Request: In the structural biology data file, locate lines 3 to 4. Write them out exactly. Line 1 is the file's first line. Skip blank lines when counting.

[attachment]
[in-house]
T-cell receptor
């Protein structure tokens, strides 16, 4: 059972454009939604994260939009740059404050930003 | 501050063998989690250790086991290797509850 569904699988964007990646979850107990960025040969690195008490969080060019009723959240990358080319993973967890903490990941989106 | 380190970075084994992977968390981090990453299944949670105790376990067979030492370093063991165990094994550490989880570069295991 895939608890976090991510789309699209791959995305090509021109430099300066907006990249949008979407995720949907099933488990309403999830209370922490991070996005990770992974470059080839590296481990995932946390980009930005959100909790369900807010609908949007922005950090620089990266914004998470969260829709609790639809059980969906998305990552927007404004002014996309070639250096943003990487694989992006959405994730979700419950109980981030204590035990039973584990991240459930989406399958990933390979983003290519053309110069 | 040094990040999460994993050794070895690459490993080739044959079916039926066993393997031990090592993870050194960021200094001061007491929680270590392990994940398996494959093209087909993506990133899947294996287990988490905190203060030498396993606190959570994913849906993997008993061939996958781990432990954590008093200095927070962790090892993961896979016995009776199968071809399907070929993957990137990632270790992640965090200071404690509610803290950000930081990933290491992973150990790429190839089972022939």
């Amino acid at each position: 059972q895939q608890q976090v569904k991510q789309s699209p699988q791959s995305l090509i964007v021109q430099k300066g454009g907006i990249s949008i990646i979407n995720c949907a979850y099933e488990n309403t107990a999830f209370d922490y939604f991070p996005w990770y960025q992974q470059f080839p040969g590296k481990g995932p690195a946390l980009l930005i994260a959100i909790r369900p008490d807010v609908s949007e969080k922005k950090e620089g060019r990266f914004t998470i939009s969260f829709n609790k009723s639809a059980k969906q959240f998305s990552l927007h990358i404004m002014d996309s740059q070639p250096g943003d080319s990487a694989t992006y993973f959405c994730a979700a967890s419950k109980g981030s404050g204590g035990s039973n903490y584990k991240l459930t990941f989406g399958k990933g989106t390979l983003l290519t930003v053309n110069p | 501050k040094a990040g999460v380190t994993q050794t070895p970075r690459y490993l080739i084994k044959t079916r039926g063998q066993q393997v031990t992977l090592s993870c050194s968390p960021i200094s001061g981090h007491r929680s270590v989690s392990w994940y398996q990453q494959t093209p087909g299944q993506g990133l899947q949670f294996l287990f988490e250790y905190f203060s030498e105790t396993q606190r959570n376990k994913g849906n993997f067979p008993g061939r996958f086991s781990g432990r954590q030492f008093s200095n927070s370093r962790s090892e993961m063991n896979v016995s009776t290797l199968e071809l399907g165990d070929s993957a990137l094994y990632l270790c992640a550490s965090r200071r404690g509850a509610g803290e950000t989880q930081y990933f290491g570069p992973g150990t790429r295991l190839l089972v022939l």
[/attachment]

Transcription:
């Protein structure tokens, strides 16, 4: 059972454009939604994260939009740059404050930003 | 501050063998989690250790086991290797509850 569904699988964007990646979850107990960025040969690195008490969080060019009723959240990358080319993973967890903490990941989106 | 380190970075084994992977968390981090990453299944949670105790376990067979030492370093063991165990094994550490989880570069295991 895939608890976090991510789309699209791959995305090509021109430099300066907006990249949008979407995720949907099933488990309403999830209370922490991070996005990770992974470059080839590296481990995932946390980009930005959100909790369900807010609908949007922005950090620089990266914004998470969260829709609790639809059980969906998305990552927007404004002014996309070639250096943003990487694989992006959405994730979700419950109980981030204590035990039973584990991240459930989406399958990933390979983003290519053309110069 | 040094990040999460994993050794070895690459490993080739044959079916039926066993393997031990090592993870050194960021200094001061007491929680270590392990994940398996494959093209087909993506990133899947294996287990988490905190203060030498396993606190959570994913849906993997008993061939996958781990432990954590008093200095927070962790090892993961896979016995009776199968071809399907070929993957990137990632270790992640965090200071404690509610803290950000930081990933290491992973150990790429190839089972022939």
């Amino acid at each position: 059972q895939q608890q976090v569904k991510q789309s699209p699988q791959s995305l090509i964007v021109q430099k300066g454009g907006i990249s949008i990646i979407n995720c949907a979850y099933e488990n309403t107990a999830f209370d922490y939604f991070p996005w990770y960025q992974q470059f080839p040969g590296k481990g995932p690195a946390l980009l930005i994260a959100i909790r369900p008490d807010v609908s949007e969080k922005k950090e620089g060019r990266f914004t998470i939009s969260f829709n609790k009723s639809a059980k969906q959240f998305s990552l927007h990358i404004m002014d996309s740059q070639p250096g943003d080319s990487a694989t992006y993973f959405c994730a979700a967890s419950k109980g981030s404050g204590g035990s039973n903490y584990k991240l459930t990941f989406g399958k990933g989106t390979l983003l290519t930003v053309n110069p | 501050k040094a990040g999460v380190t994993q050794t070895p970075r690459y490993l080739i084994k044959t079916r039926g063998q066993q393997v031990t992977l090592s993870c050194s968390p960021i200094s001061g981090h007491r929680s270590v989690s392990w994940y398996q990453q494959t093209p087909g299944q993506g990133l899947q949670f294996l287990f988490e250790y905190f203060s030498e105790t396993q606190r959570n376990k994913g849906n993997f067979p008993g061939r996958f086991s781990g432990r954590q030492f008093s200095n927070s370093r962790s090892e993961m063991n896979v016995s009776t290797l199968e071809l399907g165990d070929s993957a990137l094994y990632l270790c992640a550490s965090r200071r404690g509850a509610g803290e950000t989880q930081y990933f290491g570069p992973g150990t790429r295991l190839l089972v022939l």